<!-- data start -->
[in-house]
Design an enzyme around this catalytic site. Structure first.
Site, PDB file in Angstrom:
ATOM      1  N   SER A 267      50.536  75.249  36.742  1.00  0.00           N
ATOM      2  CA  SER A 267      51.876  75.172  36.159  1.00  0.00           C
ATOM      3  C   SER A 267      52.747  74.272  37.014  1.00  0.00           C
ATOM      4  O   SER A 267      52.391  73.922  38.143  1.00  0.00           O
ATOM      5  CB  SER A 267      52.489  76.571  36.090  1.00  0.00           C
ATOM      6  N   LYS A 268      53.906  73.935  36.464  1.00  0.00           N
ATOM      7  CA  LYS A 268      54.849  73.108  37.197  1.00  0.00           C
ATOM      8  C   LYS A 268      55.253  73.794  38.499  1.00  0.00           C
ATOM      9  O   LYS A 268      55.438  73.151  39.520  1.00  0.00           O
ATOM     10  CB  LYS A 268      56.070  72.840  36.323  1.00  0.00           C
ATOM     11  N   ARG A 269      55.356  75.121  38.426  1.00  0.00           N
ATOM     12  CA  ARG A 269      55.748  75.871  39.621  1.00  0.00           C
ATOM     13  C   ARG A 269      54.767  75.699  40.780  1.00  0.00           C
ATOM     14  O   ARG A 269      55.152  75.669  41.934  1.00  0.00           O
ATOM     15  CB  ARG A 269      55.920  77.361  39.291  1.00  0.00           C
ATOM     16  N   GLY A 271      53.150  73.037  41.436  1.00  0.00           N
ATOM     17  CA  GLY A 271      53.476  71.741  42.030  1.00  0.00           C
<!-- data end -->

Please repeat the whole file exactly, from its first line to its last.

[in-house]
Design an enzyme around this catalytic site. Structure first.
Site, PDB file in Angstrom:
ATOM      1  N   SER A 267      50.536  75.249  36.742  1.00  0.00           N
ATOM      2  CA  SER A 267      51.876  75.172  36.159  1.00  0.00           C
ATOM      3  C   SER A 267      52.747  74.272  37.014  1.00  0.00           C
ATOM      4  O   SER A 267      52.391  73.922  38.143  1.00  0.00           O
ATOM      5  CB  SER A 267      52.489  76.571  36.090  1.00  0.00           C
ATOM      6  N   LYS A 268      53.906  73.935  36.464  1.00  0.00           N
ATOM      7  CA  LYS A 268      54.849  73.108  37.197  1.00  0.00           C
ATOM      8  C   LYS A 268      55.253  73.794  38.499  1.00  0.00           C
ATOM      9  O   LYS A 268      55.438  73.151  39.520  1.00  0.00           O
ATOM     10  CB  LYS A 268      56.070  72.840  36.323  1.00  0.00           C
ATOM     11  N   ARG A 269      55.356  75.121  38.426  1.00  0.00           N
ATOM     12  CA  ARG A 269      55.748  75.871  39.621  1.00  0.00           C
ATOM     13  C   ARG A 269      54.767  75.699  40.780  1.00  0.00           C
ATOM     14  O   ARG A 269      55.152  75.669  41.934  1.00  0.00           O
ATOM     15  CB  ARG A 269      55.920  77.361  39.291  1.00  0.00           C
ATOM     16  N   GLY A 271      53.150  73.037  41.436  1.00  0.00           N
ATOM     17  CA  GLY A 271      53.476  71.741  42.030  1.00  0.00           C